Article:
Climate change is often considered a problem too big to solve.
Dr. Lauchlan Fraser, TRU professor and former Canada Research Chair in Community and Ecosystem Ecology, is one of 60 researchers from universities across Canada enlisted for Sustainable Canada Dialogues (SCD), a group working to change that perception.
Last week SCD revealed its action plan for mitigating climate change in the report Acting on Climate Change: Solutions from Canadian Scholars. SCD chair Dr. Catherine Potvin released the report on Mar. 18 during the Americana conference in Montreal, in time to inform policy makers and federal election platforms.
Until now, said Fraser, the discussion around climate change and greenhouse gas reduction has been predominantly negative. Acting on Climate Change redefines the conversation, and outlines the achievable steps necessary for Canada to transition to a low carbon society.
“We want voices from across Canada to be heard when politicians are preparing their talking points. We need climate change to be part of that discussion,” said Fraser.
Some of those voices were captured during a visioning session held in Kamloops in spring 2014. The local session was one of the first to provide context for SCD’s report. More than a dozen local politicians, members of the Tk’emlups te Secwepemc, business people and students were in attendance.
The goal was to discover what people valued most when considering the larger picture of human-caused climate change.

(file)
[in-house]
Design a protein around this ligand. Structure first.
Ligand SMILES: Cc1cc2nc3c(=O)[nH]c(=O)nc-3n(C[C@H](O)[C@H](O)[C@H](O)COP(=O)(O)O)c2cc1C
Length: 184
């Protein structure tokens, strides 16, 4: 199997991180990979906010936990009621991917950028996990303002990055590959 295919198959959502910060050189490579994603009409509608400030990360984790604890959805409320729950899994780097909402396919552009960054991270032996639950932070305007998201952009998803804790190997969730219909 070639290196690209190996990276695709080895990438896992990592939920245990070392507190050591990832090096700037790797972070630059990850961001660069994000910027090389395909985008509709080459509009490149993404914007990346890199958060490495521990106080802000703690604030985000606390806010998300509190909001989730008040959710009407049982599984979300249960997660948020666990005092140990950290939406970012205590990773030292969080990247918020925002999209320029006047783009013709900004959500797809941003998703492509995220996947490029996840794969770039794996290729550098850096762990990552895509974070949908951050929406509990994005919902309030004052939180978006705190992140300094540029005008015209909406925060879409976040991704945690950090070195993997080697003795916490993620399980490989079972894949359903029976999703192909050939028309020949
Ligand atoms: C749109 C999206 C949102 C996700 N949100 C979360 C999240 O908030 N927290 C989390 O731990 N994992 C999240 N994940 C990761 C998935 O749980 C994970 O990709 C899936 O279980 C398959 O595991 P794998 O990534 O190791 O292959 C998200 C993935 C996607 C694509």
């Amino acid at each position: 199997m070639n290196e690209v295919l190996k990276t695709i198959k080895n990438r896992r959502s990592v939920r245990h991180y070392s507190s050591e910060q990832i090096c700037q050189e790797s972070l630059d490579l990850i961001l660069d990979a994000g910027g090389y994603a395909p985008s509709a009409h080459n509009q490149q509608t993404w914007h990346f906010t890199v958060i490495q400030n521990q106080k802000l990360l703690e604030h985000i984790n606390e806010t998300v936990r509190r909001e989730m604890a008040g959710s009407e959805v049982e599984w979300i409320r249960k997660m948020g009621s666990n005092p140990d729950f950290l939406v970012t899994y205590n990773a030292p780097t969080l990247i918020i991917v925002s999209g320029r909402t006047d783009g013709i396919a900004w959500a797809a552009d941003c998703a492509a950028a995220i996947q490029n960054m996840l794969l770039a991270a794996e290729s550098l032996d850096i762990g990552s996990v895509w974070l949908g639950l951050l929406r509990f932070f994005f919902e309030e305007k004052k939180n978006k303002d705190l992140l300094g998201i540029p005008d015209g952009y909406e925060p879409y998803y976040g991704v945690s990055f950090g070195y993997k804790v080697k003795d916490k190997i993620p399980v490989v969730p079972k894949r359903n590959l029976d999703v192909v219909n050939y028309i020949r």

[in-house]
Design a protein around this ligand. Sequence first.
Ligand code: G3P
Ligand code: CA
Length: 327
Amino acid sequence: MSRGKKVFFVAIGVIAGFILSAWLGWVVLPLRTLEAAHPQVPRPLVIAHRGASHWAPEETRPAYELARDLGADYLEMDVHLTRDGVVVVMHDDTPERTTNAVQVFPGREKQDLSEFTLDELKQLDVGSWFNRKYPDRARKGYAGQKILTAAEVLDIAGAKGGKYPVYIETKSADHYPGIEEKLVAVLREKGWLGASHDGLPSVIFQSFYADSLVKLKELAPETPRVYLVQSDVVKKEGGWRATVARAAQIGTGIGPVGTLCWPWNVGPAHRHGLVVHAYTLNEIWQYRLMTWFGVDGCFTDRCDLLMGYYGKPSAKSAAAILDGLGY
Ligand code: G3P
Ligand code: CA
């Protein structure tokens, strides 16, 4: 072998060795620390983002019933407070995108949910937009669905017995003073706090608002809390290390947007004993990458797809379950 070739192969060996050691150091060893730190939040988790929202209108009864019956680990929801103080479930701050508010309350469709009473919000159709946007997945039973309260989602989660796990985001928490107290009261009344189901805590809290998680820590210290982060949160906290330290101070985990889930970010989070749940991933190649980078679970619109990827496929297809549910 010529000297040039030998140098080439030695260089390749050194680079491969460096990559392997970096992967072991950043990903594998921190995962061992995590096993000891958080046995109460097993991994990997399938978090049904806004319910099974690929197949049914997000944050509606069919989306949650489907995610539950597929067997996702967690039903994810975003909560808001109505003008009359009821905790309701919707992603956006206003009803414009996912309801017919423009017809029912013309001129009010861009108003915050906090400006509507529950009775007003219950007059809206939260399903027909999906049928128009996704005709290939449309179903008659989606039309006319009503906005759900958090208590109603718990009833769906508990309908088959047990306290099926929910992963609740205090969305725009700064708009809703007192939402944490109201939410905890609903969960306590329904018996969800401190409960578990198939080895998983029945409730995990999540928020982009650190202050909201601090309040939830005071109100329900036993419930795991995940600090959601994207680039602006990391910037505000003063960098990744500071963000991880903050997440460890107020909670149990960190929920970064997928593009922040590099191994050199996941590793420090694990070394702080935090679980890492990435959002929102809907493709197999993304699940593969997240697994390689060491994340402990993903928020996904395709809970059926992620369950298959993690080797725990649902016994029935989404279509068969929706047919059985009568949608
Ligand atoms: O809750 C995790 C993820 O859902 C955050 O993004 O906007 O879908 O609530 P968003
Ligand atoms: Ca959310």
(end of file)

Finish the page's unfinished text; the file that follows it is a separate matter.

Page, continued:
“People want a healthy environment for their children and their grandchildren. They know it is important to have clean, safe drinking water and they want to continue to have access to natural spaces,” said Fraser.
Most importantly, he said, they needed positive solutions, which is what this report provides.
“In our country we’ve dropped the ball. We’ve been ignoring the fact that humans can cause climate change, and this report really brings this to the forefront and also brings solutions.”
Potvin, Canada Research Chair in Climate Change Mitigation and Tropical Forests at McGill University, and the UNESCO Chair for Dialogues on Sustainability, enlisted Fraser for the Dialogues while on campus a year ago.
Short-term policy orientations to trigger climate action include:
- Implementing either a national carbon tax or a national economy-wide cap and trade program
- Eliminating subsidies to the fossil fuel industry and fully integrating the oil and gas production sector in climate policies
- Integrating sustainability and climate change into landscape planning at the regional and city levels to ensure that, amongst other goals, new and maintenance infrastructure investments are consistent with the long-term goal of decarbonizing
“Because renewable energy resources are plentiful, we believe that Canada could reach 100% reliance on low carbon electricity by 2035. This makes it possible, in turn, to adopt a long-term target of at least 80% reduction in emissions by the middle of the century, consistent with Canada’s international climate mitigation responsibility.” — Acting on Climate Change: Solutions from Canadian Scholars
Dr. Lauchlan Fraser
Professor and former Canada Research Chair in Community and Ecosystem Ecology